These fundraising trends are notable given how Democrats have drawn connections between the lack of equal representation in politics and the lack of diversity among donors. The party advocates for elections where “all people, regardless of their income, can participate in the political process and can run for office without needing to depend on large contributions from the wealthy and the powerful,” per its national platform.

Public Integrity’s analysis looked at nearly 12.9 million donations made through the Democratic fundraising platform ActBlue or disclosed by candidates. 

Among the revelations:

  • Warren is the only candidate whose campaign donors are mostly women — and who raises a majority of her overall campaign cash from women. 
  • Former Vice President Joe Biden has received notably more contributions from women than men. But men account for the bulk of the money Biden has raised. 
  • Businessman Andrew Yang and Rep. Tulsi Gabbard, D-Hawaii, get the vast majority of their financial support from men.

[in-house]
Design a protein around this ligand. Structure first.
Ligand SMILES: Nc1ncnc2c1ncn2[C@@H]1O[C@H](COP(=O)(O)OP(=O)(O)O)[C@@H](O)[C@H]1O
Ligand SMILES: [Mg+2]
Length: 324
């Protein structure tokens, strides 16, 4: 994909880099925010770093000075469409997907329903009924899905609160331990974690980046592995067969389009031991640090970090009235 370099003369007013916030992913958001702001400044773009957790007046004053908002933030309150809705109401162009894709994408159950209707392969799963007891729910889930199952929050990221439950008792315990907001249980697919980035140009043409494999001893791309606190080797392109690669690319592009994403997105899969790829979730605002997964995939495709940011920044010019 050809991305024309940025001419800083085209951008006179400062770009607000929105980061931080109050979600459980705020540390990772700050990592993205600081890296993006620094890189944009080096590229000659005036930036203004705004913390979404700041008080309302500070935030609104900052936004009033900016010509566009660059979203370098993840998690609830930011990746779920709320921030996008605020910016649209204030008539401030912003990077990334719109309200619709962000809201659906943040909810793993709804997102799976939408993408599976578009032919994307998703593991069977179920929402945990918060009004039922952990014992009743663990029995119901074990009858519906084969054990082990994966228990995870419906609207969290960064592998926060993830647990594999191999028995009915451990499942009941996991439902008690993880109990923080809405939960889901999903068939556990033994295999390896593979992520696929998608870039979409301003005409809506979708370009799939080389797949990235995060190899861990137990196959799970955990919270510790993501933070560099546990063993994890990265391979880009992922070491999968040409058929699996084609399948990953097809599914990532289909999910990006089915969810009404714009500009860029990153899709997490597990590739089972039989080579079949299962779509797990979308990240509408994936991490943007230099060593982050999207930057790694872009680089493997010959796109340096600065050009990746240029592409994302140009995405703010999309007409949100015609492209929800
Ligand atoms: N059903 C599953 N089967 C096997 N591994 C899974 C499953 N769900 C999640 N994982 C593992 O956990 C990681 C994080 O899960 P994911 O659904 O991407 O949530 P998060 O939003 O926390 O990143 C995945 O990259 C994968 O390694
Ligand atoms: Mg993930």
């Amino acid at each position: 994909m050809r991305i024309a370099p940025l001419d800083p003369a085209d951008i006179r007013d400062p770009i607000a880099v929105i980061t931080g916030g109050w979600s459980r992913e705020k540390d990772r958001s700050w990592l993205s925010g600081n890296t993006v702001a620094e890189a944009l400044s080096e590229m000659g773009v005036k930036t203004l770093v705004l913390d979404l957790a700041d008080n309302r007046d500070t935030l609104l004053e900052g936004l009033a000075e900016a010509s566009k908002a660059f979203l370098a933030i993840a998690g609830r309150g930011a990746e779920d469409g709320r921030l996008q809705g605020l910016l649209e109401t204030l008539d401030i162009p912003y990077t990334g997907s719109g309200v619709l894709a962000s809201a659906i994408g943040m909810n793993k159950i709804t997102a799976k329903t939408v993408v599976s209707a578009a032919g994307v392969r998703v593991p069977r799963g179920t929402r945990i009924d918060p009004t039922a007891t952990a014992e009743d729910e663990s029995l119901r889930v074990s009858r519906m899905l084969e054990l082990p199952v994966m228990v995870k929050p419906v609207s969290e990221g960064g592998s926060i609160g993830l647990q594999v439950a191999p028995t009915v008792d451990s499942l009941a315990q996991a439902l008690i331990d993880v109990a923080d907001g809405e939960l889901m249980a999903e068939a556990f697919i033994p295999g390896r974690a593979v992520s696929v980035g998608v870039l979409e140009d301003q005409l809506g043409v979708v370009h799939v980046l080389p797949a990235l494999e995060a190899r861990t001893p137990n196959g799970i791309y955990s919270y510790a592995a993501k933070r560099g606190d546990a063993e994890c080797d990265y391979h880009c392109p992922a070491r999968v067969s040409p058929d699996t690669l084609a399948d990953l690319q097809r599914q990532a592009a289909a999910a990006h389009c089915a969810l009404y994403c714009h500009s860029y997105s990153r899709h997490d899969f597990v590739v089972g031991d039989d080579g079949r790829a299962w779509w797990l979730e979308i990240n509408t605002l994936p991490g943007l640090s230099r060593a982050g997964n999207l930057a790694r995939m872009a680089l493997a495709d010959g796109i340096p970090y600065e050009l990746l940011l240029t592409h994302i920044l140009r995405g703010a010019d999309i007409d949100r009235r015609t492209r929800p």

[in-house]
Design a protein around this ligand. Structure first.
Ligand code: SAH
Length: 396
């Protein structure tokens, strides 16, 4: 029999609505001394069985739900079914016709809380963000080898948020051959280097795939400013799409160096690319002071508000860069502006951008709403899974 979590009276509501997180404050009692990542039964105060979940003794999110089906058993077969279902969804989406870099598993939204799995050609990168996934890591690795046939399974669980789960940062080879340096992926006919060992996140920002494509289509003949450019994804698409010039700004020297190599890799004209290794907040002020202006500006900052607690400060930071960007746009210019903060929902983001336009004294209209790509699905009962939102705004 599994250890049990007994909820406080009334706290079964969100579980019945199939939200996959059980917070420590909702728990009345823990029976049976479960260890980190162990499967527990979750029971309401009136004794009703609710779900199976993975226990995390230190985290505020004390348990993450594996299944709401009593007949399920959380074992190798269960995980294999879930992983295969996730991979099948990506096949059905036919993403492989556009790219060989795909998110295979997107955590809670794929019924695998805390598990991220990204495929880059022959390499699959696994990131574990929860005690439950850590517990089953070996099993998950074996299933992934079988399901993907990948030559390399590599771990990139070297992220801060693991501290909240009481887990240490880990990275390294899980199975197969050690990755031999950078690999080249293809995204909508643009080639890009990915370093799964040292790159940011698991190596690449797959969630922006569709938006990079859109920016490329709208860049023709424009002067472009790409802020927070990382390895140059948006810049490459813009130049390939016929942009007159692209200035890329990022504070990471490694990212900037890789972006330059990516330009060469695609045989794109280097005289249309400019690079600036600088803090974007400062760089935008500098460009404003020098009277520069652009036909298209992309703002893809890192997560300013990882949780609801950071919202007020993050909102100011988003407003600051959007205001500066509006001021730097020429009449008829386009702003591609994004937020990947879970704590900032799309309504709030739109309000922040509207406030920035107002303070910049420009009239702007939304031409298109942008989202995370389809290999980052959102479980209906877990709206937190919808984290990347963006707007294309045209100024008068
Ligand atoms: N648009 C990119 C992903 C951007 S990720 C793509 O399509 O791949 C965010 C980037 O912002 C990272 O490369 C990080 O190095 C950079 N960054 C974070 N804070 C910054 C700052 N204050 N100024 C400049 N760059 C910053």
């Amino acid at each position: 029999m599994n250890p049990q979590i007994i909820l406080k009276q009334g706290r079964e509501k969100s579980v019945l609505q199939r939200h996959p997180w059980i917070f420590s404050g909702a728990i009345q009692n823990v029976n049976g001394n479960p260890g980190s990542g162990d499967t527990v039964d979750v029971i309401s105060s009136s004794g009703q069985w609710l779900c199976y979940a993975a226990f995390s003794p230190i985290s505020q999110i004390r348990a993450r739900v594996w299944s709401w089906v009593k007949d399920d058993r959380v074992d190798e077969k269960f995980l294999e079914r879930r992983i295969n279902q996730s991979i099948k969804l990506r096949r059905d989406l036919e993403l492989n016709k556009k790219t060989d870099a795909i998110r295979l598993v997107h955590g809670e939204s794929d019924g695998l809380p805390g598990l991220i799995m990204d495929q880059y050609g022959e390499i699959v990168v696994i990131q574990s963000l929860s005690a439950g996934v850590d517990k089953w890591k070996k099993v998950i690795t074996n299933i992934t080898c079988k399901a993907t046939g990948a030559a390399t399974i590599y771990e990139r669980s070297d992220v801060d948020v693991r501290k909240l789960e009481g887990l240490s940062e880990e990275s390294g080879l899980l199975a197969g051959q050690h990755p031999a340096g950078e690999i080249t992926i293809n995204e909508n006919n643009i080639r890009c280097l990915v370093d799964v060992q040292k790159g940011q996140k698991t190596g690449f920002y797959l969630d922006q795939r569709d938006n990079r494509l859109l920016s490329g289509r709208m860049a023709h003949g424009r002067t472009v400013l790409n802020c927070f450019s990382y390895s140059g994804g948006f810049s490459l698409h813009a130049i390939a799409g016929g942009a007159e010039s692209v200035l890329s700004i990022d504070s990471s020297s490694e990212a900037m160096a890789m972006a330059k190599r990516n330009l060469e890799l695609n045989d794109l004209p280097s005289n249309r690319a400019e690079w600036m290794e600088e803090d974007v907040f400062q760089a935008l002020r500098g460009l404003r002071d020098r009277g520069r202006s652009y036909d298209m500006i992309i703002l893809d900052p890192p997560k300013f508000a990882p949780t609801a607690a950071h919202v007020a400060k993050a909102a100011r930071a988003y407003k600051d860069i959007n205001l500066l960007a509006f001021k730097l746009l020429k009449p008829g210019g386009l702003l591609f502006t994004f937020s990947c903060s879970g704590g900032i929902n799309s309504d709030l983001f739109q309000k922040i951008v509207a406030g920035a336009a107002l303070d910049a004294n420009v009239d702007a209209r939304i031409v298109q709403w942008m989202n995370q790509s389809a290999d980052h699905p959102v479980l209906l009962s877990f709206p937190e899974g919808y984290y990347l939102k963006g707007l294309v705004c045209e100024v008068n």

• Coastal elites still rule — any given contribution is most likely to come from a large population center in the Northeast, West Coast or southern Florida. Sanders, Gabbard and businessman Tom Steyer have the most geographic diversity among their donors.
  • Yang, Sanders and Gabbard are most likely to get their money from people living in racially and ethnically diverse ZIP codes. Who’s not? Sen. Amy Klobuchar, D-Minn.; Sen. Michael Bennet, D-Colo.; and former Massachusetts Gov. Deval Patrick.

More women gave. But a gender gap persists.

During Election 2020, female donors appear to give money to Democratic presidential candidates more often than men, according to an estimate using donor names. But on the whole, men give larger amounts. The result is a gender gap in dollars raised.

Specifically, about 46 percent of donors to Democratic presidential candidates are estimated to be male, but 51 percent of the money raised comes from men.

Forty-nine percent of donors to Democratic presidential candidates were estimated to be women, but 43 percent of the money raised was from those donors.